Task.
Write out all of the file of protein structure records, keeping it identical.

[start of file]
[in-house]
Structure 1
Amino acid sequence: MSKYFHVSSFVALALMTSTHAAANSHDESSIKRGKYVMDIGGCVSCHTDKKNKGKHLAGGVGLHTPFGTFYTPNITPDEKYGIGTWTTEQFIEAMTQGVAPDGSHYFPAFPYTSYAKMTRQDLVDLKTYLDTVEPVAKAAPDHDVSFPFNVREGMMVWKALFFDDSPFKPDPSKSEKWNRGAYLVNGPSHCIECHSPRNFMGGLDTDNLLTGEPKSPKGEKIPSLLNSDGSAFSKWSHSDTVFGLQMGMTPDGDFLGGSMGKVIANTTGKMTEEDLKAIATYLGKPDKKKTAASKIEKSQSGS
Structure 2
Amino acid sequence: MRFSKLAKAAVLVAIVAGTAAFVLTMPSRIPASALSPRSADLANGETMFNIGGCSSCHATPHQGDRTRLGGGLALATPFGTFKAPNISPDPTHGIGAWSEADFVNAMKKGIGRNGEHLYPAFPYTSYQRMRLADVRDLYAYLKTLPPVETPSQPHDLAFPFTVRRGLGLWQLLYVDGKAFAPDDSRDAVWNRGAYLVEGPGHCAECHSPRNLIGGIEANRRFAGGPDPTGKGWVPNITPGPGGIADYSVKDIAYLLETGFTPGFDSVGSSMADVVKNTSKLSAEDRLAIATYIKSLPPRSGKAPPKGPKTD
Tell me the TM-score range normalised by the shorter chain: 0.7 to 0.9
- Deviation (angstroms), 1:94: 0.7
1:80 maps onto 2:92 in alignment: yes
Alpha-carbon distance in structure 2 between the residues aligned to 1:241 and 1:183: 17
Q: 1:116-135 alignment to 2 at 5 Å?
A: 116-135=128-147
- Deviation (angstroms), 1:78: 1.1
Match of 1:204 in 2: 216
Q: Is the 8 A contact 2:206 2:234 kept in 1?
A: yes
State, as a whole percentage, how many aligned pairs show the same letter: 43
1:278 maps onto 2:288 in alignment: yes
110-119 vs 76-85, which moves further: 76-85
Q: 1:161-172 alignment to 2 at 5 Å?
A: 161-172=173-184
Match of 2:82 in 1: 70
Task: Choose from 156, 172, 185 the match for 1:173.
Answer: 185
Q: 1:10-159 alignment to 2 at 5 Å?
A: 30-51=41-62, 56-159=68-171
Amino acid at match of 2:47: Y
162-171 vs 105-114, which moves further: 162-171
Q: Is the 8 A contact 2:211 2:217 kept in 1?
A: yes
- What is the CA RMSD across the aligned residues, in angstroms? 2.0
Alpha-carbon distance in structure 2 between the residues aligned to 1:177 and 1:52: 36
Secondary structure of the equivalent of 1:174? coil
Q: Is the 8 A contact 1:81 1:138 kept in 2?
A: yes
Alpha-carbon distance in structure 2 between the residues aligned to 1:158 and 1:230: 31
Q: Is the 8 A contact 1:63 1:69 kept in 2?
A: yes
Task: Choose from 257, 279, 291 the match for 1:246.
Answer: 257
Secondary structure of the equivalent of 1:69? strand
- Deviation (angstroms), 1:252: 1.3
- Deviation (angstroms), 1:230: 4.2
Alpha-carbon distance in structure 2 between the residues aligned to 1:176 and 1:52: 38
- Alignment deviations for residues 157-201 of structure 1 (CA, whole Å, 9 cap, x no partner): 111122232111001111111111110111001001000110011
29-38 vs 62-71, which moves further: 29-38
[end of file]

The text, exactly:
[in-house]
Structure 1
Amino acid sequence: MSKYFHVSSFVALALMTSTHAAANSHDESSIKRGKYVMDIGGCVSCHTDKKNKGKHLAGGVGLHTPFGTFYTPNITPDEKYGIGTWTTEQFIEAMTQGVAPDGSHYFPAFPYTSYAKMTRQDLVDLKTYLDTVEPVAKAAPDHDVSFPFNVREGMMVWKALFFDDSPFKPDPSKSEKWNRGAYLVNGPSHCIECHSPRNFMGGLDTDNLLTGEPKSPKGEKIPSLLNSDGSAFSKWSHSDTVFGLQMGMTPDGDFLGGSMGKVIANTTGKMTEEDLKAIATYLGKPDKKKTAASKIEKSQSGS
Structure 2
Amino acid sequence: MRFSKLAKAAVLVAIVAGTAAFVLTMPSRIPASALSPRSADLANGETMFNIGGCSSCHATPHQGDRTRLGGGLALATPFGTFKAPNISPDPTHGIGAWSEADFVNAMKKGIGRNGEHLYPAFPYTSYQRMRLADVRDLYAYLKTLPPVETPSQPHDLAFPFTVRRGLGLWQLLYVDGKAFAPDDSRDAVWNRGAYLVEGPGHCAECHSPRNLIGGIEANRRFAGGPDPTGKGWVPNITPGPGGIADYSVKDIAYLLETGFTPGFDSVGSSMADVVKNTSKLSAEDRLAIATYIKSLPPRSGKAPPKGPKTD
Tell me the TM-score range normalised by the shorter chain: 0.7 to 0.9
- Deviation (angstroms), 1:94: 0.7
1:80 maps onto 2:92 in alignment: yes
Alpha-carbon distance in structure 2 between the residues aligned to 1:241 and 1:183: 17
Q: 1:116-135 alignment to 2 at 5 Å?
A: 116-135=128-147
- Deviation (angstroms), 1:78: 1.1
Match of 1:204 in 2: 216
Q: Is the 8 A contact 2:206 2:234 kept in 1?
A: yes
State, as a whole percentage, how many aligned pairs show the same letter: 43
1:278 maps onto 2:288 in alignment: yes
110-119 vs 76-85, which moves further: 76-85
Q: 1:161-172 alignment to 2 at 5 Å?
A: 161-172=173-184
Match of 2:82 in 1: 70
Task: Choose from 156, 172, 185 the match for 1:173.
Answer: 185
Q: 1:10-159 alignment to 2 at 5 Å?
A: 30-51=41-62, 56-159=68-171
Amino acid at match of 2:47: Y
162-171 vs 105-114, which moves further: 162-171
Q: Is the 8 A contact 2:211 2:217 kept in 1?
A: yes
- What is the CA RMSD across the aligned residues, in angstroms? 2.0
Alpha-carbon distance in structure 2 between the residues aligned to 1:177 and 1:52: 36
Secondary structure of the equivalent of 1:174? coil
Q: Is the 8 A contact 1:81 1:138 kept in 2?
A: yes
Alpha-carbon distance in structure 2 between the residues aligned to 1:158 and 1:230: 31
Q: Is the 8 A contact 1:63 1:69 kept in 2?
A: yes
Task: Choose from 257, 279, 291 the match for 1:246.
Answer: 257
Secondary structure of the equivalent of 1:69? strand
- Deviation (angstroms), 1:252: 1.3
- Deviation (angstroms), 1:230: 4.2
Alpha-carbon distance in structure 2 between the residues aligned to 1:176 and 1:52: 38
- Alignment deviations for residues 157-201 of structure 1 (CA, whole Å, 9 cap, x no partner): 111122232111001111111111110111001001000110011
29-38 vs 62-71, which moves further: 29-38